A filmmaker from Brooklyn, New York, made a touching video about his relationship with his mother.
Charles Frank always felt detached from his family. “It’s interesting,” Charles told LittleThings. “The ‘disconnect’ was not because of any dramatic or horrible reason, it just started slowly happening after I left home when I was 18. I think I was so focused on developing my career and my own ‘home’ that other relationships fell by the wayside.”
He never thought his family recorded any home videos until his mother asked him to transfer some old footage to a hard drive.
There were about 20 hours of home videos, including memories of Frank learning how to “pump kick” on the swings, singing “Twinkle, Twinkle, Little Star," among others.
“I watched every clip, end to end,” Frank said. “I cried, I laughed, and then I wondered, what happened? Why aren’t we as connected as we used to be?”
So Frank turned to an unlikely source -- his voice mailbox. There were 38 unheard messages, many from his mom, he had never listened to, Upworthy reports.
Most of the voicemails from his mother, Dawn Evans, were mundane. Simple things, like asking what kind of shirt suits him:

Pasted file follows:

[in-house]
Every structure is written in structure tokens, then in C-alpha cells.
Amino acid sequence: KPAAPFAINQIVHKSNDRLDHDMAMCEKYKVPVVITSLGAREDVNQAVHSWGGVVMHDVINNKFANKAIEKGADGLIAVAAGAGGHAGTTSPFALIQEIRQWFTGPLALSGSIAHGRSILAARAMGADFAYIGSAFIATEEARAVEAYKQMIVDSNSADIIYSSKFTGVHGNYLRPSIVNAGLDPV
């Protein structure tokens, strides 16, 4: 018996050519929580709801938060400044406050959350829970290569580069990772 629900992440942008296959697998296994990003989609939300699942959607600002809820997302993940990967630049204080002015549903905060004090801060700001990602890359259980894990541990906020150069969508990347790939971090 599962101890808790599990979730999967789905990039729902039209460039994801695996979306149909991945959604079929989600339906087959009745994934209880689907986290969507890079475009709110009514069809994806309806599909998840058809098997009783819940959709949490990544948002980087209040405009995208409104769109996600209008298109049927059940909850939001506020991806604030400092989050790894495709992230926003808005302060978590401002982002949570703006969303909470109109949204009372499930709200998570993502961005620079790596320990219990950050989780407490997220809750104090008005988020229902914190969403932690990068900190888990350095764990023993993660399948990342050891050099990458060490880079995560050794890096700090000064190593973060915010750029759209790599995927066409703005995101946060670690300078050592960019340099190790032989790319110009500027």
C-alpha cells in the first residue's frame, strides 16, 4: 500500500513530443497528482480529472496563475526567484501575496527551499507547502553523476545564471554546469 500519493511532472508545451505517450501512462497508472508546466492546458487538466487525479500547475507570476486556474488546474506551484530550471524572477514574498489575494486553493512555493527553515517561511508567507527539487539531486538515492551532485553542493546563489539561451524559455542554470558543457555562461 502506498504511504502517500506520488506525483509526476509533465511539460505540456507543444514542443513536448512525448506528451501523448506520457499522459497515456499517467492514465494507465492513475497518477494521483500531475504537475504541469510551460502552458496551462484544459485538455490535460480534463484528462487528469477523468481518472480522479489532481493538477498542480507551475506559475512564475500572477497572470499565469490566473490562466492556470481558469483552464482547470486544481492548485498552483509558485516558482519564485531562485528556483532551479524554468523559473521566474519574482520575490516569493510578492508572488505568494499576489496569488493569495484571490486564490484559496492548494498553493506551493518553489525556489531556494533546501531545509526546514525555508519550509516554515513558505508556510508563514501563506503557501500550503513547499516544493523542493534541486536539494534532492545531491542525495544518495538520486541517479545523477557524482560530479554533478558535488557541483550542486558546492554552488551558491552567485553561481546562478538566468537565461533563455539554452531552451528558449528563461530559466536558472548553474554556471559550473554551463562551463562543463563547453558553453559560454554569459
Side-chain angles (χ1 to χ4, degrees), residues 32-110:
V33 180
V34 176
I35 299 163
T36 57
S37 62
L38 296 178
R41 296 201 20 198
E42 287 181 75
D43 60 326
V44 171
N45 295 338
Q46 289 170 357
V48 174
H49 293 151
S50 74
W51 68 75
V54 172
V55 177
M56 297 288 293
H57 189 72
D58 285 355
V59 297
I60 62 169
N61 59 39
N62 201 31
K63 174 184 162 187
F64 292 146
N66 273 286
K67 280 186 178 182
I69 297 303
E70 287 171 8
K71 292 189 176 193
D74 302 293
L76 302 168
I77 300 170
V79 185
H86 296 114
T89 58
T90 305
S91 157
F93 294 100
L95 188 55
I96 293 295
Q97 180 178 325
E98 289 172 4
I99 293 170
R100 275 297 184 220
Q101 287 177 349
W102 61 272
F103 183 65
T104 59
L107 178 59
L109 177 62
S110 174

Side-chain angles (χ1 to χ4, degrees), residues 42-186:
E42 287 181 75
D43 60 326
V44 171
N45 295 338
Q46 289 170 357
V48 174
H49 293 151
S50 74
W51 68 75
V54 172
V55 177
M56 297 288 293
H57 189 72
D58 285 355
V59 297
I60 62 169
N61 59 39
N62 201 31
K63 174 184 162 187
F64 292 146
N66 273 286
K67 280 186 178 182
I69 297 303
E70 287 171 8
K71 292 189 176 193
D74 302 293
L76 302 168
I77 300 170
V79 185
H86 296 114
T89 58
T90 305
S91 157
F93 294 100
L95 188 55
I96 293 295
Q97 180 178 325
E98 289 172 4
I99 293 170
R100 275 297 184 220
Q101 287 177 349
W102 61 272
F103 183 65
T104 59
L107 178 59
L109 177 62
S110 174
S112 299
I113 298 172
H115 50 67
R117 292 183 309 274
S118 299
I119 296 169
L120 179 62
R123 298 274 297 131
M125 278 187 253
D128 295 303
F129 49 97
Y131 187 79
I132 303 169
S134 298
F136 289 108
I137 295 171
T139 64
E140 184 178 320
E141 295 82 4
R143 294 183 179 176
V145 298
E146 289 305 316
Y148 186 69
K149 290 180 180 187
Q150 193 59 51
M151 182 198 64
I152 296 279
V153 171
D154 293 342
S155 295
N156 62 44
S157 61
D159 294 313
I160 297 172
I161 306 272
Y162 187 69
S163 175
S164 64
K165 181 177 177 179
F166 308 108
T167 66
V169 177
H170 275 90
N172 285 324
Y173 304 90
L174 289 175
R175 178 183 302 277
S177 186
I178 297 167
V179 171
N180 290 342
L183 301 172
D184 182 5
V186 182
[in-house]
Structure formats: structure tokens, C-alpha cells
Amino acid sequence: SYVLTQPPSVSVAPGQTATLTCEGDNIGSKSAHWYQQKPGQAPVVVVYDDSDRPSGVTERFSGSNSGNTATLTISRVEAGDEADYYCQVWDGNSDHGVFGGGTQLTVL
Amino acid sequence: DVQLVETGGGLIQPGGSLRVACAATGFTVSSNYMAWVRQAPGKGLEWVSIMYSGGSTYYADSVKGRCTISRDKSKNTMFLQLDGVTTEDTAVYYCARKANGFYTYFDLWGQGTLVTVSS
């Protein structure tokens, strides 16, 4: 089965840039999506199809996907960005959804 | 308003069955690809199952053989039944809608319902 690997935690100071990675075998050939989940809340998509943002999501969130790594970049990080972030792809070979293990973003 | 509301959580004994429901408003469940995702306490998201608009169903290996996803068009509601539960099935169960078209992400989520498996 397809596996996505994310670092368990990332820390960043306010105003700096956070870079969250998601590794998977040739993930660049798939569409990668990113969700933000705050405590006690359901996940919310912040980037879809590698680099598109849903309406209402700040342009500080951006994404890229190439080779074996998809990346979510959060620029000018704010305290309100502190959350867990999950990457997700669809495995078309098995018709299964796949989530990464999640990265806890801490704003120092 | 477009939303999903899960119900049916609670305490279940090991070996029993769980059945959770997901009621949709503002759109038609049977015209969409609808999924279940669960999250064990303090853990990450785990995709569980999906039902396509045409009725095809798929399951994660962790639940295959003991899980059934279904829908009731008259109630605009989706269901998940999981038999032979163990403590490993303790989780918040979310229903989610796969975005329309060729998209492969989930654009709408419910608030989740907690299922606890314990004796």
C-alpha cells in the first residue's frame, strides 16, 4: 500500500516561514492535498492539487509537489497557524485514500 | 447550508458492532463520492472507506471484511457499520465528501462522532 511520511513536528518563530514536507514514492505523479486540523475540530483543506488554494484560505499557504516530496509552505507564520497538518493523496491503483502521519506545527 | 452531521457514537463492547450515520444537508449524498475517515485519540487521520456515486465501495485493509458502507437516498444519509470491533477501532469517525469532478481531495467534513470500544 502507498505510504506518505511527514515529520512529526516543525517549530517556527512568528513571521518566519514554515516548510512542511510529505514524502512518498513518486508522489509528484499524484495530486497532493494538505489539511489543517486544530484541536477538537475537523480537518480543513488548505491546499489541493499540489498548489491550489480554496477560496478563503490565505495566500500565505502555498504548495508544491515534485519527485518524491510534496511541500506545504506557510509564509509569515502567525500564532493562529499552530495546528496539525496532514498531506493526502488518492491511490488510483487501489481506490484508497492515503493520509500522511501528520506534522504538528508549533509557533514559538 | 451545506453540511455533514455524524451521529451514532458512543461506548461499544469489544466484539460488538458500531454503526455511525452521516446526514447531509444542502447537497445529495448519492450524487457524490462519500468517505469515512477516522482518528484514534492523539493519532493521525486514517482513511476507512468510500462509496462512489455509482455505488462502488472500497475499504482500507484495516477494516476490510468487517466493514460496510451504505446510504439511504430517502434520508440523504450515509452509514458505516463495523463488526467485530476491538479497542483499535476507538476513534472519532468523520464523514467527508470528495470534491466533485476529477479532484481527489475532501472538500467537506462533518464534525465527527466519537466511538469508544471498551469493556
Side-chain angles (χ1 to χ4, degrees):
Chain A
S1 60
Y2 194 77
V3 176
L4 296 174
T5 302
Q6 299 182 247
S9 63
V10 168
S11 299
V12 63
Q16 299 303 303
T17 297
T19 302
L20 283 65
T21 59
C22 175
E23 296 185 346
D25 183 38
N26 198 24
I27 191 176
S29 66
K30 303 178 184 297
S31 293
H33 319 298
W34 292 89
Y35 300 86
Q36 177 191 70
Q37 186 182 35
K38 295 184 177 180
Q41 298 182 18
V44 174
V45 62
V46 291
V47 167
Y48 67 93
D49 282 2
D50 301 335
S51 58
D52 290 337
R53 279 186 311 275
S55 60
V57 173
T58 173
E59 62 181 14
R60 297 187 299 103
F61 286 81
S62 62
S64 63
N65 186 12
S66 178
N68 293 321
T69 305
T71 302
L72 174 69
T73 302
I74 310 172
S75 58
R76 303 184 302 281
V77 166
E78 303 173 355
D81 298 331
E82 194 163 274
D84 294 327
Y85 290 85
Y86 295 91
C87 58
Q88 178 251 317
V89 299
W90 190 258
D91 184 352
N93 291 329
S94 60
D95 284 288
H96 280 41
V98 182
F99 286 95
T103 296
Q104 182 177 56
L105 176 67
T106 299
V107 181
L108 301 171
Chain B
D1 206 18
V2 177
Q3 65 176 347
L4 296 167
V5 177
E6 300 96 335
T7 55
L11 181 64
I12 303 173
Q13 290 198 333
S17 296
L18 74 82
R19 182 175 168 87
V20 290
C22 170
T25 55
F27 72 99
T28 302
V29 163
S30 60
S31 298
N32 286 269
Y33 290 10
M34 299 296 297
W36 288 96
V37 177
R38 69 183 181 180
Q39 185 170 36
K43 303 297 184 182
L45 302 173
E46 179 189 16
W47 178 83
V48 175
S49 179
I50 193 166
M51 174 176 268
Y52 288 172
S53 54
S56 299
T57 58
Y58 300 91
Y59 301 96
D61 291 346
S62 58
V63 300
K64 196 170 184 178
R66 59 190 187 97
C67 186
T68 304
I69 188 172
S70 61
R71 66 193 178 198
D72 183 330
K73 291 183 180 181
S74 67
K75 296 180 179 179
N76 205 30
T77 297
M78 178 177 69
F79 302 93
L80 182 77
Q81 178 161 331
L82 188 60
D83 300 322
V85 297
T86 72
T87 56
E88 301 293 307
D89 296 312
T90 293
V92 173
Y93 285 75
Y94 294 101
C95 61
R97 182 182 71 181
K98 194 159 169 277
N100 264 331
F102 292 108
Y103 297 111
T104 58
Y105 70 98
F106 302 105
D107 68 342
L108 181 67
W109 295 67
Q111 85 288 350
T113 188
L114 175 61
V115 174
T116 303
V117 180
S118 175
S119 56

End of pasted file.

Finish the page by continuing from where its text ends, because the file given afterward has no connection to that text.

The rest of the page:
Hi, Charles. It’s Mom. I want you to know I tried to buy you a shirt today, and I spent probably a good 40 minutes ... The thing is, I find a shirt and I like the color, but then it was too big or too wide or too bright or too whatever. And I never found the right shirt. Just wanted to let you know that, OK? Love you. Bye.
Or what he’d like her to cook:
Hello, dear one. This is your mother. I’m calling to see how today went and say hi. Nothing important. I was just thinking about you — I’m cooking, and I was thinking how much you would like this recipe. It’s butternut risotto. Bye.
Eventually, Evans realized her son was too busy for her:
Hi, it’s Mom calling, Charles. The fact that it went straight to voicemail tells me that you’re very busy, so I guess I won’t bother you. Say hi to Nico.
At first he thought the messages were funny, but later became struck with feelings of guilt and gratitude.
"As I dove deeper and deeper in my inbox, I felt more and more humbled," Frank told Upworthy.
He turned the 38 voicemails and 20 hours of home videos into a short film titled, “My Baby You’ll Be," available on Vimeo, according to Upworthy.
"Part of my hope is that an audience could watch this and reflect on their own relationship with their mother," Charles said, "hoping that the film serves as a reminder not to overlook the gift of unconditional love.”
And what does his mom think of the film?
"By the end of the film, it was a Kleenex moment for me," Dawn told Upworthy of the first time watching her son's film. "Tears won out."